The person described in this text is both the King of Righteousness and Peace, as well as a Priest of the Most High God. They are also a member of a Royal Priesthood. When we compare this poetic description to Jesus, we can find numerous parallels between these two individuals. For example, Jesus is also royalty since he was born as the King of kings and Lord of lords.
Jesus, as a member of the Royal Priesthood, has become the High Priest in the order of Melchizedek. Both
Jesus and Melchizedek share the distinct roles of being male monarchs and priests, a feat unparalleled by any other man according to Scripture. Jesus possessed kingly authority over men and had a unique relationship with God as a priest. Hebrews 7:2 states that Melchizedek made preparations to bless Abraham upon his return from battle, during which Abraham was able to recognize the Lord.
Abraham acknowledged the high quality and sovereignty of Melchizedek. "Abraham instantly recognizes in Melchizedek a power far greater than his, and he at one time acknowledged Melchizedek by giving to him his tithes and his rubrics." [ 6 ] Similar to recognizing the Lord in Genesis chapter 18, Abraham made himself a servant unto Him, hoping for blessings. He received blessings from both Melchizedek and Jesus Christ. In John 8:56, Jesus mentions how Abraham rejoiced to see His day and was glad. Hebrews 7:3 reveals Melchizedek's identity and origin.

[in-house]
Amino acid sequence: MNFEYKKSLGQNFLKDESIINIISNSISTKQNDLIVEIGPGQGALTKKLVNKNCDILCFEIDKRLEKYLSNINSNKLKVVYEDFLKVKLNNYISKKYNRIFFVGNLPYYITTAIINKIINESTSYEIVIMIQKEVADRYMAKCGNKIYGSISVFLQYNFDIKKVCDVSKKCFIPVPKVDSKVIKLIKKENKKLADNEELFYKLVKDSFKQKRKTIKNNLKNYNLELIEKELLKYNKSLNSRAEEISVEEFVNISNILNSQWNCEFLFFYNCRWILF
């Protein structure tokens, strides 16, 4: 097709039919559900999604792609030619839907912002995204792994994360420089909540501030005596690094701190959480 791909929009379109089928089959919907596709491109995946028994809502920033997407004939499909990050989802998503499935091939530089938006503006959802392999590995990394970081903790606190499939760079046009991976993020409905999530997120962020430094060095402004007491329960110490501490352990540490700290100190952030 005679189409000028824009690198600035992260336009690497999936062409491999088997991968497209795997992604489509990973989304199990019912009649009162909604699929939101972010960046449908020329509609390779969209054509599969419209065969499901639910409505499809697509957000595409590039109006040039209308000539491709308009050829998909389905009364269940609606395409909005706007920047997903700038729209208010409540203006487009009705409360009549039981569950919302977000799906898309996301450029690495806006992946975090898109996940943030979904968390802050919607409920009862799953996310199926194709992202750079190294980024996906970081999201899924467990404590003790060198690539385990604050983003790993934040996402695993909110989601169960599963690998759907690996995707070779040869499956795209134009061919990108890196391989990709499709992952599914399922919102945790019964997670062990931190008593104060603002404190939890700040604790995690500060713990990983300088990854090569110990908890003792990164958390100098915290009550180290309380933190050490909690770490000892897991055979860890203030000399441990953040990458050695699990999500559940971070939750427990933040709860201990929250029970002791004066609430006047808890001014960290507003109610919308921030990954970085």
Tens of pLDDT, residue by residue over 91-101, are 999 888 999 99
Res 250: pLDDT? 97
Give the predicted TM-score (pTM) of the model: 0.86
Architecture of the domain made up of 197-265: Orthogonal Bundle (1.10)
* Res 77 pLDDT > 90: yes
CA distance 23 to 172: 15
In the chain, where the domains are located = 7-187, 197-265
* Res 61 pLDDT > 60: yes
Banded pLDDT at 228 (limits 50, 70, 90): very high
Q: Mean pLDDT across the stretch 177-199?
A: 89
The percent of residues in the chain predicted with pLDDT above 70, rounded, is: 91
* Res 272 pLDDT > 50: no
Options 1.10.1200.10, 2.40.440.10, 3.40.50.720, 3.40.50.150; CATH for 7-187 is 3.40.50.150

The brief clip in Genesis showcasing the appearance of the Lord demonstrates his royal and priestly background. It is worth noting that he is not merely a vision but actually represents mankind. He conversed, ate, and drank with Abraham. Interestingly, he does not make another appearance in the Old Testament, although his name is mentioned in Psalms 110 and here in Hebrews. This raises the question of whether it is uncommon for the Lord to appear before humans and quickly vanish.